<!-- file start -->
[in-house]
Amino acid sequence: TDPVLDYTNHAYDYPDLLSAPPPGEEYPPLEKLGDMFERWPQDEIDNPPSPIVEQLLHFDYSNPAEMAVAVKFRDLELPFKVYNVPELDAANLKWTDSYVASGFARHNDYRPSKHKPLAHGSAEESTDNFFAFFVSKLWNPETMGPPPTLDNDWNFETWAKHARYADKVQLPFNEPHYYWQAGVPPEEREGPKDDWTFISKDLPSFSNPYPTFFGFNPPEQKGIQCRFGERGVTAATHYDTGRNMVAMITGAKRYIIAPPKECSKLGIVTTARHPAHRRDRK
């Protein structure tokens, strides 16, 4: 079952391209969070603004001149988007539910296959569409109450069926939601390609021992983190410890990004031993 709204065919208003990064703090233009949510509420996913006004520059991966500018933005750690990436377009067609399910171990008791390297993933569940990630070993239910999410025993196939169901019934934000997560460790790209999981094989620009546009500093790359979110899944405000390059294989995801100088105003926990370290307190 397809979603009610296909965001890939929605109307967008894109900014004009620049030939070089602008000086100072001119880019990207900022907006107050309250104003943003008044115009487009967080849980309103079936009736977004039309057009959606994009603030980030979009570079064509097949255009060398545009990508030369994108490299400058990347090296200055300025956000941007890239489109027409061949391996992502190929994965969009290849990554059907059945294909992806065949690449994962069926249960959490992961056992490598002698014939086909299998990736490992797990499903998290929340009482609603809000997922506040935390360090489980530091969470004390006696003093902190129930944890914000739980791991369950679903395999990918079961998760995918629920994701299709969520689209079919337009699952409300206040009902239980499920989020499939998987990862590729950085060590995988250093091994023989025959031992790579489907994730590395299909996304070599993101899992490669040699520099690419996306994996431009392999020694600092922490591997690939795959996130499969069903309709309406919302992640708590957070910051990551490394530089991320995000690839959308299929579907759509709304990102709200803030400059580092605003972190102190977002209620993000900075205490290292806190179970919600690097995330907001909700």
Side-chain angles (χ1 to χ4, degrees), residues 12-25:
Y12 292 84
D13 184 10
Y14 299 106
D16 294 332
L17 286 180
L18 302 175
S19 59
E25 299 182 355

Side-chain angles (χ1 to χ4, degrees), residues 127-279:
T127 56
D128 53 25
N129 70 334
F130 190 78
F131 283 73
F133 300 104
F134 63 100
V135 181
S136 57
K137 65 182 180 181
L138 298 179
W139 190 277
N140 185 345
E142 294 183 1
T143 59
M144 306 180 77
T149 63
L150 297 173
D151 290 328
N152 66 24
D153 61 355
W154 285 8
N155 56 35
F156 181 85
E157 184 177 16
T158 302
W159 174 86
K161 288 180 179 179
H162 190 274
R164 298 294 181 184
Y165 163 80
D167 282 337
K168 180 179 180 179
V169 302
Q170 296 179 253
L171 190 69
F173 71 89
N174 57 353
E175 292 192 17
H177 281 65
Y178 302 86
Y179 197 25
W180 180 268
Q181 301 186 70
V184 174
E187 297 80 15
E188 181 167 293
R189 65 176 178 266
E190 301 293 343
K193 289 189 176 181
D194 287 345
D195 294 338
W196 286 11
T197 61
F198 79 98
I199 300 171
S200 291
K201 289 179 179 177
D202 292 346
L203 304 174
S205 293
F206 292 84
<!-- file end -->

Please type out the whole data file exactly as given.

[in-house]
Amino acid sequence: TDPVLDYTNHAYDYPDLLSAPPPGEEYPPLEKLGDMFERWPQDEIDNPPSPIVEQLLHFDYSNPAEMAVAVKFRDLELPFKVYNVPELDAANLKWTDSYVASGFARHNDYRPSKHKPLAHGSAEESTDNFFAFFVSKLWNPETMGPPPTLDNDWNFETWAKHARYADKVQLPFNEPHYYWQAGVPPEEREGPKDDWTFISKDLPSFSNPYPTFFGFNPPEQKGIQCRFGERGVTAATHYDTGRNMVAMITGAKRYIIAPPKECSKLGIVTTARHPAHRRDRK
């Protein structure tokens, strides 16, 4: 079952391209969070603004001149988007539910296959569409109450069926939601390609021992983190410890990004031993 709204065919208003990064703090233009949510509420996913006004520059991966500018933005750690990436377009067609399910171990008791390297993933569940990630070993239910999410025993196939169901019934934000997560460790790209999981094989620009546009500093790359979110899944405000390059294989995801100088105003926990370290307190 397809979603009610296909965001890939929605109307967008894109900014004009620049030939070089602008000086100072001119880019990207900022907006107050309250104003943003008044115009487009967080849980309103079936009736977004039309057009959606994009603030980030979009570079064509097949255009060398545009990508030369994108490299400058990347090296200055300025956000941007890239489109027409061949391996992502190929994965969009290849990554059907059945294909992806065949690449994962069926249960959490992961056992490598002698014939086909299998990736490992797990499903998290929340009482609603809000997922506040935390360090489980530091969470004390006696003093902190129930944890914000739980791991369950679903395999990918079961998760995918629920994701299709969520689209079919337009699952409300206040009902239980499920989020499939998987990862590729950085060590995988250093091994023989025959031992790579489907994730590395299909996304070599993101899992490669040699520099690419996306994996431009392999020694600092922490591997690939795959996130499969069903309709309406919302992640708590957070910051990551490394530089991320995000690839959308299929579907759509709304990102709200803030400059580092605003972190102190977002209620993000900075205490290292806190179970919600690097995330907001909700």
Side-chain angles (χ1 to χ4, degrees), residues 12-25:
Y12 292 84
D13 184 10
Y14 299 106
D16 294 332
L17 286 180
L18 302 175
S19 59
E25 299 182 355

Side-chain angles (χ1 to χ4, degrees), residues 127-279:
T127 56
D128 53 25
N129 70 334
F130 190 78
F131 283 73
F133 300 104
F134 63 100
V135 181
S136 57
K137 65 182 180 181
L138 298 179
W139 190 277
N140 185 345
E142 294 183 1
T143 59
M144 306 180 77
T149 63
L150 297 173
D151 290 328
N152 66 24
D153 61 355
W154 285 8
N155 56 35
F156 181 85
E157 184 177 16
T158 302
W159 174 86
K161 288 180 179 179
H162 190 274
R164 298 294 181 184
Y165 163 80
D167 282 337
K168 180 179 180 179
V169 302
Q170 296 179 253
L171 190 69
F173 71 89
N174 57 353
E175 292 192 17
H177 281 65
Y178 302 86
Y179 197 25
W180 180 268
Q181 301 186 70
V184 174
E187 297 80 15
E188 181 167 293
R189 65 176 178 266
E190 301 293 343
K193 289 189 176 181
D194 287 345
D195 294 338
W196 286 11
T197 61
F198 79 98
I199 300 171
S200 291
K201 289 179 179 177
D202 292 346
L203 304 174
S205 293
F206 292 84